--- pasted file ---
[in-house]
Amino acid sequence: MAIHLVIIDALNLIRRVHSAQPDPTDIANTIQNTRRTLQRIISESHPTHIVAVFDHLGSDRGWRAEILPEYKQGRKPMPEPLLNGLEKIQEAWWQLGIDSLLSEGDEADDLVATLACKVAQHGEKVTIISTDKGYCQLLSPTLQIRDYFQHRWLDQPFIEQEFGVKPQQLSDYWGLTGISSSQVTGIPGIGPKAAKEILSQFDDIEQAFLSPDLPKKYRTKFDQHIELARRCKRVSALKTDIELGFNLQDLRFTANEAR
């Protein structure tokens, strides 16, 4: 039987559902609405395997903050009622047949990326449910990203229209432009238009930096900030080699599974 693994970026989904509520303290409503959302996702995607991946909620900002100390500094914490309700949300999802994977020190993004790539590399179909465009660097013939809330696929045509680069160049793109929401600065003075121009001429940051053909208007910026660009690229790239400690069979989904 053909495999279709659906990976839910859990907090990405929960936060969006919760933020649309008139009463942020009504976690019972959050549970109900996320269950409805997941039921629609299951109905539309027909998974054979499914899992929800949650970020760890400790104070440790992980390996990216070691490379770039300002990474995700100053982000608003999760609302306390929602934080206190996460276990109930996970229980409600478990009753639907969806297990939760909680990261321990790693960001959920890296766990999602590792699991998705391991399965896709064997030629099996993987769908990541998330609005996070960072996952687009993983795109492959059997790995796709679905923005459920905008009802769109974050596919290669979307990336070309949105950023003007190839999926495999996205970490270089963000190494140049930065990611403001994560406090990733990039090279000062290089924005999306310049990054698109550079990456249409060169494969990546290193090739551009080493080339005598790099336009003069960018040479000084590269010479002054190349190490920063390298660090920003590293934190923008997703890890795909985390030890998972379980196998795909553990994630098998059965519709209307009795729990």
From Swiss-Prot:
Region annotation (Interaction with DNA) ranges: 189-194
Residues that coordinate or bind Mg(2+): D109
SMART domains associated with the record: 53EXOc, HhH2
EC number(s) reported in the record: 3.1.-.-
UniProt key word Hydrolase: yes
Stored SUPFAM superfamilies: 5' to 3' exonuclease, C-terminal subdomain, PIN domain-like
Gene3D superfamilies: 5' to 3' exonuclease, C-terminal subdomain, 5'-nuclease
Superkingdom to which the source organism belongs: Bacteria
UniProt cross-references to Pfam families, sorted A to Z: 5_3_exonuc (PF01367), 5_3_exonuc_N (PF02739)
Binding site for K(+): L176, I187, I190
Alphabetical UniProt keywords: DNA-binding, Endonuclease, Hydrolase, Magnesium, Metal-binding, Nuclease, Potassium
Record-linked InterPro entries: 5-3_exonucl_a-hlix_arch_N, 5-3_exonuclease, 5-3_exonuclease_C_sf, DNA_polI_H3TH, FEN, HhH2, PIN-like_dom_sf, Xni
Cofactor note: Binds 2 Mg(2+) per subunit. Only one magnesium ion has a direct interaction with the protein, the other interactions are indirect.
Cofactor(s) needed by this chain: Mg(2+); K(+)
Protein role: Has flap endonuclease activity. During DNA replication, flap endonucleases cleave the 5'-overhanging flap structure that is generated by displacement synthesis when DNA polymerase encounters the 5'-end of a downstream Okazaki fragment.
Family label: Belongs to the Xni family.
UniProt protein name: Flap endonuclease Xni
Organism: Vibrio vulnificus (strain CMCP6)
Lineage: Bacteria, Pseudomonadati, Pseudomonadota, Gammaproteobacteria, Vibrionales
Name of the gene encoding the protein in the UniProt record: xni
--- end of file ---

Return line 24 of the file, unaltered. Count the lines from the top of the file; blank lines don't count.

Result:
Name of the gene encoding the protein in the UniProt record: xni